Before Gary David Hagen departed after seventy-five years on this Earth on October 7, 2021, his daughter tousled his hair to make sure he was presentable before joining his many loved ones waiting patiently for him in heaven at Camp Woopie Doo. Gary lived by the mantra, “better to look good than to feel good”, and he thanked god every day that his wife of over 50 years, Ellen Marie Hagen (McKeon), his four children, Mary Kathleen Hagen-Belli, Gary David Hagen II, Cynthia Lucia Somma, Christopher Paul Hagen, and his twelve grandchildren, Meghan, Ellen, Christopher, Gary, Steven, Quinn, Gabriel, Mark, Audrey, Maggie, Emily, and Noah, were so good looking.
Gary’s life began on March 19, 1946. He was born to Oscar and Ingeborg Hagen (Sonderstrom) and grew up alongside his two brothers and three sisters near Prospect Park in Brooklyn, NY. By all accounts, his family did not have an abundance of money, but from the beginning he had an abundance of love for others and grit. After Gary spent the best three years of his life in the fourth grade, he went on to graduate from the school of hard knocks. From a young age he learned to hustle on the streets with his friends singing doo-wop on corners and polishing shoes. By his mid-twenties, Gary had started his own plumbing business which he owned for more than thirty years. Over the years, Gary built a loyal client base by making genuine connections with people and consistently demonstrating integrity in his business practices. When his sons were old enough, they began working alongside him learning the trade and how to run a business. Using the skills they had learned from him, they both eventually went on to start their own businesses.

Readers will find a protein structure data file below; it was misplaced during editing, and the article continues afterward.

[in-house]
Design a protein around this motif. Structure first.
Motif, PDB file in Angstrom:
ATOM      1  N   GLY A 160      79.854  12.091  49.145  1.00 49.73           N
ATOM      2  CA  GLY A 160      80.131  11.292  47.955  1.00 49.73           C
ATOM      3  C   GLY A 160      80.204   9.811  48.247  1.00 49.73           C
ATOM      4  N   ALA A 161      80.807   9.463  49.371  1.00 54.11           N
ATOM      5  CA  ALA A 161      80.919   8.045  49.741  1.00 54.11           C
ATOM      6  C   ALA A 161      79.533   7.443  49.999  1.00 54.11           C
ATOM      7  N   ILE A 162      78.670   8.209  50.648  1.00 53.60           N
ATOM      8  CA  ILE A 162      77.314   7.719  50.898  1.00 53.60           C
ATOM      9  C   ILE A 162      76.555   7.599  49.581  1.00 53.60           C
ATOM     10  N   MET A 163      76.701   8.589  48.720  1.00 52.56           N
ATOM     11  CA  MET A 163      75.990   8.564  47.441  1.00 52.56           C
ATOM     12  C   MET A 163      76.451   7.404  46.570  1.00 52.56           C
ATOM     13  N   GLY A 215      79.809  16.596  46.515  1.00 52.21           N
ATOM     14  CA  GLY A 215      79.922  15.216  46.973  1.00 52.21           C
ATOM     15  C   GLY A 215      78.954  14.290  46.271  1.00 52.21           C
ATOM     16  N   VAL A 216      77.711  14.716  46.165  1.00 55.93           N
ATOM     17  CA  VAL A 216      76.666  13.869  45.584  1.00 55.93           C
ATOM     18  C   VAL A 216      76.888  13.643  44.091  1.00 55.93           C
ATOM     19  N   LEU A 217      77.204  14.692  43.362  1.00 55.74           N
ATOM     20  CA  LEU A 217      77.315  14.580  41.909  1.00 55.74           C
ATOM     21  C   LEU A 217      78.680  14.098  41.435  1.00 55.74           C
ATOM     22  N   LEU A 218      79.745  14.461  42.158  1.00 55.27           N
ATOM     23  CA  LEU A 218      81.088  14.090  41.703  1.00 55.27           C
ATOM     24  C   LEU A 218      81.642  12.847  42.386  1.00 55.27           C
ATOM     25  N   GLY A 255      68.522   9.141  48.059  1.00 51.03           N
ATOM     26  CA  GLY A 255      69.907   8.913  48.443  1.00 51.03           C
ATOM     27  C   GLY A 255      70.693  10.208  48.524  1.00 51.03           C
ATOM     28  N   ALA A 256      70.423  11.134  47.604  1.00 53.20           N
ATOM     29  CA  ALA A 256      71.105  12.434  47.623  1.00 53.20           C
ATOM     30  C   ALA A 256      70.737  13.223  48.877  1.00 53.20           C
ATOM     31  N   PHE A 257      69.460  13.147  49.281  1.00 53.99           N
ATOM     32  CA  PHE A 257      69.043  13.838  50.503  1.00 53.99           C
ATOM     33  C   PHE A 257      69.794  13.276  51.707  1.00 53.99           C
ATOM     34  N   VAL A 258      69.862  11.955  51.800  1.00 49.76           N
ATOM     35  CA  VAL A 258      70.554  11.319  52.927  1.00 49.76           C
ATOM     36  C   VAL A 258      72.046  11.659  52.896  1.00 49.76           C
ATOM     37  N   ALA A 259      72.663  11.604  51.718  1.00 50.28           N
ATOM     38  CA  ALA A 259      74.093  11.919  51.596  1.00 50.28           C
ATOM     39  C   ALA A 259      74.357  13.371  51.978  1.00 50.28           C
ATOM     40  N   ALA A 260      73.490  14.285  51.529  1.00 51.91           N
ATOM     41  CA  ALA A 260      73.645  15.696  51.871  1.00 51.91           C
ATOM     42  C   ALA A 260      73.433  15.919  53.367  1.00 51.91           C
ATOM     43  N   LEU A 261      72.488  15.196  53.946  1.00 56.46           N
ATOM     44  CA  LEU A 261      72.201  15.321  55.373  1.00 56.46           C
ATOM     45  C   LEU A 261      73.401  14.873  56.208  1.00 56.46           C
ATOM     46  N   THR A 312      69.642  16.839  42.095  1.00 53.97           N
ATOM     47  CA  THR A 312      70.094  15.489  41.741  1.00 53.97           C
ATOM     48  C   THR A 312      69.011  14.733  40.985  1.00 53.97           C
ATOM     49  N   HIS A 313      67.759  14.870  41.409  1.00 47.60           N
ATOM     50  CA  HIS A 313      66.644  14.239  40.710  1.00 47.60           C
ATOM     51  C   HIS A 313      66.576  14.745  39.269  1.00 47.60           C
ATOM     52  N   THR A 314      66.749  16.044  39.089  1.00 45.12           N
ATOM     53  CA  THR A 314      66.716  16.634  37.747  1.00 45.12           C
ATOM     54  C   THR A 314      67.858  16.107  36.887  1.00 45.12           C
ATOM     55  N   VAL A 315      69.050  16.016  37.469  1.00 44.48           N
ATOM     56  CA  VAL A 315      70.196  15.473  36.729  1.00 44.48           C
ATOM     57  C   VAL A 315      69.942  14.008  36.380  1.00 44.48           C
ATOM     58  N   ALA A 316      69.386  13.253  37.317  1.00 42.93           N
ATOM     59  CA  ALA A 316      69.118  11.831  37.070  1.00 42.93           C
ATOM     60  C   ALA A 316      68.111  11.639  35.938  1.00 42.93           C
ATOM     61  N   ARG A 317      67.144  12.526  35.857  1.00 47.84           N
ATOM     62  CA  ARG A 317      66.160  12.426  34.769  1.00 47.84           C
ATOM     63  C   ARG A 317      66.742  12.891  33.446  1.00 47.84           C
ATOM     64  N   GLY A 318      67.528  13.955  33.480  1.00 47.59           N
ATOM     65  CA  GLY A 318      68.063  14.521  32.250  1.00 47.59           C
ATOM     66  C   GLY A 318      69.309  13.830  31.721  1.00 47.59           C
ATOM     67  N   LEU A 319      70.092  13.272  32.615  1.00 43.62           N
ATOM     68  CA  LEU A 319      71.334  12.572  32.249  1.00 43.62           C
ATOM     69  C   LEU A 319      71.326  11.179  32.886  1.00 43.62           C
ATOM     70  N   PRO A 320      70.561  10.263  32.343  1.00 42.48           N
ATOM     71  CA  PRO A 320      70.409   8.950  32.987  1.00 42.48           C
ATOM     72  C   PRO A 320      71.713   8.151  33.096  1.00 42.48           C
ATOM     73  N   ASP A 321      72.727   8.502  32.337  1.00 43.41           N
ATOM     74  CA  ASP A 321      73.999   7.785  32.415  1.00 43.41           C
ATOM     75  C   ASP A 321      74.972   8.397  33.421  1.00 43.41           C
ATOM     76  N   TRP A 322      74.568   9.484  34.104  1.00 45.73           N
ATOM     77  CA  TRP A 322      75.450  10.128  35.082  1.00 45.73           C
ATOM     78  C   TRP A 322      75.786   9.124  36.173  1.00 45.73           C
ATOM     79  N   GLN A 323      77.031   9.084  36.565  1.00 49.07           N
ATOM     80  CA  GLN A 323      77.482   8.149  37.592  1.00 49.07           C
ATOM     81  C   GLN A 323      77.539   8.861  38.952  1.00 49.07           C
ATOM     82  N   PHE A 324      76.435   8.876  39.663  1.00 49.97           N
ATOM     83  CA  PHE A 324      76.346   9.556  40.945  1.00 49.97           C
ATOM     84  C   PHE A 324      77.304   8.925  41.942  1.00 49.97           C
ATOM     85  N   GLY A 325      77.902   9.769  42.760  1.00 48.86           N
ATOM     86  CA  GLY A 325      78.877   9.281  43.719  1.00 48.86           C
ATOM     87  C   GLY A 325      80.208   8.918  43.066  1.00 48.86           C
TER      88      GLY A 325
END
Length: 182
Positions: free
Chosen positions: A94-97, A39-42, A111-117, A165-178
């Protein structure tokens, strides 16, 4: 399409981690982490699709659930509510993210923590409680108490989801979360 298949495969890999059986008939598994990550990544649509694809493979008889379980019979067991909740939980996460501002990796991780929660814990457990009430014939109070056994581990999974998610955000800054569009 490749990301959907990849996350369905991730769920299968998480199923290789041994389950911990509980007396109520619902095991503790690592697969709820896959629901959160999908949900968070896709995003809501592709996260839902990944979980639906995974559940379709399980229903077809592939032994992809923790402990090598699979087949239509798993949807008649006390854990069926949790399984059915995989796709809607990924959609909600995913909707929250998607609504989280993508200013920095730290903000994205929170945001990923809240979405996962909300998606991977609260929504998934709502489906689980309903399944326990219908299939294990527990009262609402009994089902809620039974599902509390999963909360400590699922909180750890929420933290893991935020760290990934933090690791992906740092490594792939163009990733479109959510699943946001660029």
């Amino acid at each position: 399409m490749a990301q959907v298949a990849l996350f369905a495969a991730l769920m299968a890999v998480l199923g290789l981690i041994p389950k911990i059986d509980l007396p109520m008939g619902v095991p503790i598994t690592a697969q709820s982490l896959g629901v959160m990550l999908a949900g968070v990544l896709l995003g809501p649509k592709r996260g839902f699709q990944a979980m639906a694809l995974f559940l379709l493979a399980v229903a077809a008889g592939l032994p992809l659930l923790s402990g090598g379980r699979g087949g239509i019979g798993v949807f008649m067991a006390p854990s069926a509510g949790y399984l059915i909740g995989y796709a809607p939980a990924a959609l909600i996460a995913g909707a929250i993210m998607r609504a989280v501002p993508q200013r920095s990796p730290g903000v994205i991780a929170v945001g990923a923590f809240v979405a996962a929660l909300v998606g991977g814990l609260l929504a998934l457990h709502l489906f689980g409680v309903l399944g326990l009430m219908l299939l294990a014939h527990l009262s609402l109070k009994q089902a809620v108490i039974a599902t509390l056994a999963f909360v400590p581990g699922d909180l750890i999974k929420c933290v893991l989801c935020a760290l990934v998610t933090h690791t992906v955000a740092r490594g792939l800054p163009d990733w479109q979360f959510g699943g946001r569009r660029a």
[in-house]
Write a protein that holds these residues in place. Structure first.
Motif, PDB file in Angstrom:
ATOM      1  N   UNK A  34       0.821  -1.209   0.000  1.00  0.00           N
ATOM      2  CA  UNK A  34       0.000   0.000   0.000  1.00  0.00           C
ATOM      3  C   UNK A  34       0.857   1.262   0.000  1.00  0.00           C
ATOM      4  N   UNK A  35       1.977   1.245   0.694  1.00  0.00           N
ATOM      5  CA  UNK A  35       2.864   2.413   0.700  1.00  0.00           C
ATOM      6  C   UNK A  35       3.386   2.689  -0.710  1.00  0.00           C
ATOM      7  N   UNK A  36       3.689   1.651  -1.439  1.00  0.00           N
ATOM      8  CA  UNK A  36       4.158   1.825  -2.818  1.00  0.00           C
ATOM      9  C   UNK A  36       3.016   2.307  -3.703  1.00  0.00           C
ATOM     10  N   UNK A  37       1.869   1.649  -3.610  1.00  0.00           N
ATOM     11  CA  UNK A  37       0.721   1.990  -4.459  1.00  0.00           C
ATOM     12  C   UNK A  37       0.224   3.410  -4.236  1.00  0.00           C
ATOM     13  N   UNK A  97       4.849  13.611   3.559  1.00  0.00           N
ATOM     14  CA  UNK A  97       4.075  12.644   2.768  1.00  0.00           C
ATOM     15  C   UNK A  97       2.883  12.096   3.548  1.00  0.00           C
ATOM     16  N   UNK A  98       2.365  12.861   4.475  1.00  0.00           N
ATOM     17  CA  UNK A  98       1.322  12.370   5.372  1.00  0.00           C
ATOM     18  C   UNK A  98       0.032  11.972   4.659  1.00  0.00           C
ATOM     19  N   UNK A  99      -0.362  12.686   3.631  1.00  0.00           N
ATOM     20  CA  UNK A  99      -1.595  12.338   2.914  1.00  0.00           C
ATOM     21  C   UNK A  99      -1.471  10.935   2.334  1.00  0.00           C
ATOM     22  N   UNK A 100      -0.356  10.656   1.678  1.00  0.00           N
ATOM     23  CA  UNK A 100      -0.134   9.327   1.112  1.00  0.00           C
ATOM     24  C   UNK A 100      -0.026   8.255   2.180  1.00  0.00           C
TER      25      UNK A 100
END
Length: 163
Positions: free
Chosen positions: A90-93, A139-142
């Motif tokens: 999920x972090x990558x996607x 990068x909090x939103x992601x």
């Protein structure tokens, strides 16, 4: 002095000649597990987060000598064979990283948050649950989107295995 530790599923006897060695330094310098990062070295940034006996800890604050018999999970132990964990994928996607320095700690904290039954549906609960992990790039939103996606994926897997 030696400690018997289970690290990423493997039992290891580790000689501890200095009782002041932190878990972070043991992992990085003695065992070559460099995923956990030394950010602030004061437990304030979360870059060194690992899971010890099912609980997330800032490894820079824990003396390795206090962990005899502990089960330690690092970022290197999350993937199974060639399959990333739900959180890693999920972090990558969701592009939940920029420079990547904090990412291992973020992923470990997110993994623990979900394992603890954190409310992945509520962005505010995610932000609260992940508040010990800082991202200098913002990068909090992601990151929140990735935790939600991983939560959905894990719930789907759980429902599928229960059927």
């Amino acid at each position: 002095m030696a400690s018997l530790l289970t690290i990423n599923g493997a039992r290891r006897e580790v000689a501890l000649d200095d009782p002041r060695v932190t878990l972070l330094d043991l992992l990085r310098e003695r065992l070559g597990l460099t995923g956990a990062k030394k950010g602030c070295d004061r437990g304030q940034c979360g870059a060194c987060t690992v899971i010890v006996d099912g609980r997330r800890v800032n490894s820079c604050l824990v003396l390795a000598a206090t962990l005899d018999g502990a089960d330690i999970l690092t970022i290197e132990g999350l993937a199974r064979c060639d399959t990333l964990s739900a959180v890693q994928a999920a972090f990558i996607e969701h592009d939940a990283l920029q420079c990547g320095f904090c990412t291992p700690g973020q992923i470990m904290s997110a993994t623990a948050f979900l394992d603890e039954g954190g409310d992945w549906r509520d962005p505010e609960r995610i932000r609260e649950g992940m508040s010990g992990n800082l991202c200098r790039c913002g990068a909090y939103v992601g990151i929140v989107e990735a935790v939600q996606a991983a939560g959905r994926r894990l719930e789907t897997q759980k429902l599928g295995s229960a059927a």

Gary met his wife, Ellen, when he was twenty-four. When he gave his number to Ellen his friends bet that she would not call, but Ellen and Gary both felt an instant spark and that spark ignited a love that has only grown over time. A year after they met, Ellen and Gary were married and began to raise their children together in the Bay Ridge neighborhood of Brooklyn. On the weekends, Gary would take his children to fly kites on Shore Road, hang out on the beach, or go ice skating and would let Ellen get her beauty rest in at home. Every summer, no matter how poor they were, Gary and Ellen would take their children to upstate to spend the days swimming in Lake George and nights singing around the campfire. Gary made sure to teach his children many lessons over the years, such as the essentiality of breakfast, how to run the table, but most importantly how to be a good husband and father.
His children went on to carry those lessons with them in their lives and passed them on to his grandchildren. Gary never forgot to tell his grandchildren exactly where their good looks came from, and how proud he was of them and their accomplishments. Whenever they would come to visit him and Ellen at their home in Catskill, NY, he would fill their stomachs with his famous mac and cheese, krumkake, and lobscouse; and every year on their birthdays, Ellen would call the grandchildren and Gary would jump in and start singing happy birthday to them with his signature doo-wop twist.
Gary will be deeply missed by anyone that knew him. Throughout his life his propensity to do more for others than himself, value relationships more than material goods, and balance kindness with (sometimes brutal) honesty has paid dividends in friendship and love.
Relatives and friends may call 2-6PM Monday at Traver & McCurry Funeral Home, 234 Jefferson Heights, Catskill. Funeral services will be held 11 AM Tuesday at the funeral home. Interment will be at the Town of Catskill Cemetery.